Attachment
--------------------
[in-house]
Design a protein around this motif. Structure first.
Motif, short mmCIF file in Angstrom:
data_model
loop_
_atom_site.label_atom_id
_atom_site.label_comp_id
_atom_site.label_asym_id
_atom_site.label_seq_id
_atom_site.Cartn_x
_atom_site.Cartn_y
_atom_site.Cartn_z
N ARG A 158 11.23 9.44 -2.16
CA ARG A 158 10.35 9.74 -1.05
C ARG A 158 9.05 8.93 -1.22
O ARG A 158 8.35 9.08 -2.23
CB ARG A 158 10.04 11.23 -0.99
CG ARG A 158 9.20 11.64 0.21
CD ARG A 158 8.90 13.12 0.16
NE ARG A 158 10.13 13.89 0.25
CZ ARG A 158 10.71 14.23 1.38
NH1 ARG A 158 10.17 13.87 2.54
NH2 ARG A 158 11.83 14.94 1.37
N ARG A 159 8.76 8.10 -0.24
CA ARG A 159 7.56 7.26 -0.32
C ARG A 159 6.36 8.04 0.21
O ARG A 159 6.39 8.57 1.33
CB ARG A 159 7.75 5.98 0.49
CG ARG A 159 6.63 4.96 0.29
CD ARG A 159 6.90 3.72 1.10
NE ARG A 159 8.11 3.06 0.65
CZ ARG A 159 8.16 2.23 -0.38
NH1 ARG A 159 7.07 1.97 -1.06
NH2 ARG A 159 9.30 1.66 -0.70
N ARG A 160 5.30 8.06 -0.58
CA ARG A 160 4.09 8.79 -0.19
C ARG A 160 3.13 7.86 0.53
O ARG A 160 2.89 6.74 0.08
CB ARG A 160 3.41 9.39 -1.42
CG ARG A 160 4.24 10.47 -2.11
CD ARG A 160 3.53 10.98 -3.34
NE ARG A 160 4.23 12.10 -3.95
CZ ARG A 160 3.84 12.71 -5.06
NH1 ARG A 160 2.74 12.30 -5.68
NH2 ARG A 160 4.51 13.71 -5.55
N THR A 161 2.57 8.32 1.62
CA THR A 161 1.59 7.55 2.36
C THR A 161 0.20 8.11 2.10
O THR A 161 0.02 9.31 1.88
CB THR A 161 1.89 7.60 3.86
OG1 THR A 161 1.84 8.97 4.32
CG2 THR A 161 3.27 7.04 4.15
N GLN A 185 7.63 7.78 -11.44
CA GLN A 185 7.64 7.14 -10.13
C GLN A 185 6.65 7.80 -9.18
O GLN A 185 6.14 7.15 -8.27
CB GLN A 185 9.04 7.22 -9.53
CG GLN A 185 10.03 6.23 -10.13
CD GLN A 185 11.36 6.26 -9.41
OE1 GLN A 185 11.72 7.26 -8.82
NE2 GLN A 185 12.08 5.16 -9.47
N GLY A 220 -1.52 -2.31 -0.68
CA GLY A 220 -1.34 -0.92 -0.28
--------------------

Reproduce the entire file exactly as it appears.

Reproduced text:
[in-house]
Design a protein around this motif. Structure first.
Motif, short mmCIF file in Angstrom:
data_model
loop_
_atom_site.label_atom_id
_atom_site.label_comp_id
_atom_site.label_asym_id
_atom_site.label_seq_id
_atom_site.Cartn_x
_atom_site.Cartn_y
_atom_site.Cartn_z
N ARG A 158 11.23 9.44 -2.16
CA ARG A 158 10.35 9.74 -1.05
C ARG A 158 9.05 8.93 -1.22
O ARG A 158 8.35 9.08 -2.23
CB ARG A 158 10.04 11.23 -0.99
CG ARG A 158 9.20 11.64 0.21
CD ARG A 158 8.90 13.12 0.16
NE ARG A 158 10.13 13.89 0.25
CZ ARG A 158 10.71 14.23 1.38
NH1 ARG A 158 10.17 13.87 2.54
NH2 ARG A 158 11.83 14.94 1.37
N ARG A 159 8.76 8.10 -0.24
CA ARG A 159 7.56 7.26 -0.32
C ARG A 159 6.36 8.04 0.21
O ARG A 159 6.39 8.57 1.33
CB ARG A 159 7.75 5.98 0.49
CG ARG A 159 6.63 4.96 0.29
CD ARG A 159 6.90 3.72 1.10
NE ARG A 159 8.11 3.06 0.65
CZ ARG A 159 8.16 2.23 -0.38
NH1 ARG A 159 7.07 1.97 -1.06
NH2 ARG A 159 9.30 1.66 -0.70
N ARG A 160 5.30 8.06 -0.58
CA ARG A 160 4.09 8.79 -0.19
C ARG A 160 3.13 7.86 0.53
O ARG A 160 2.89 6.74 0.08
CB ARG A 160 3.41 9.39 -1.42
CG ARG A 160 4.24 10.47 -2.11
CD ARG A 160 3.53 10.98 -3.34
NE ARG A 160 4.23 12.10 -3.95
CZ ARG A 160 3.84 12.71 -5.06
NH1 ARG A 160 2.74 12.30 -5.68
NH2 ARG A 160 4.51 13.71 -5.55
N THR A 161 2.57 8.32 1.62
CA THR A 161 1.59 7.55 2.36
C THR A 161 0.20 8.11 2.10
O THR A 161 0.02 9.31 1.88
CB THR A 161 1.89 7.60 3.86
OG1 THR A 161 1.84 8.97 4.32
CG2 THR A 161 3.27 7.04 4.15
N GLN A 185 7.63 7.78 -11.44
CA GLN A 185 7.64 7.14 -10.13
C GLN A 185 6.65 7.80 -9.18
O GLN A 185 6.14 7.15 -8.27
CB GLN A 185 9.04 7.22 -9.53
CG GLN A 185 10.03 6.23 -10.13
CD GLN A 185 11.36 6.26 -9.41
OE1 GLN A 185 11.72 7.26 -8.82
NE2 GLN A 185 12.08 5.16 -9.47
N GLY A 220 -1.52 -2.31 -0.68
CA GLY A 220 -1.34 -0.92 -0.28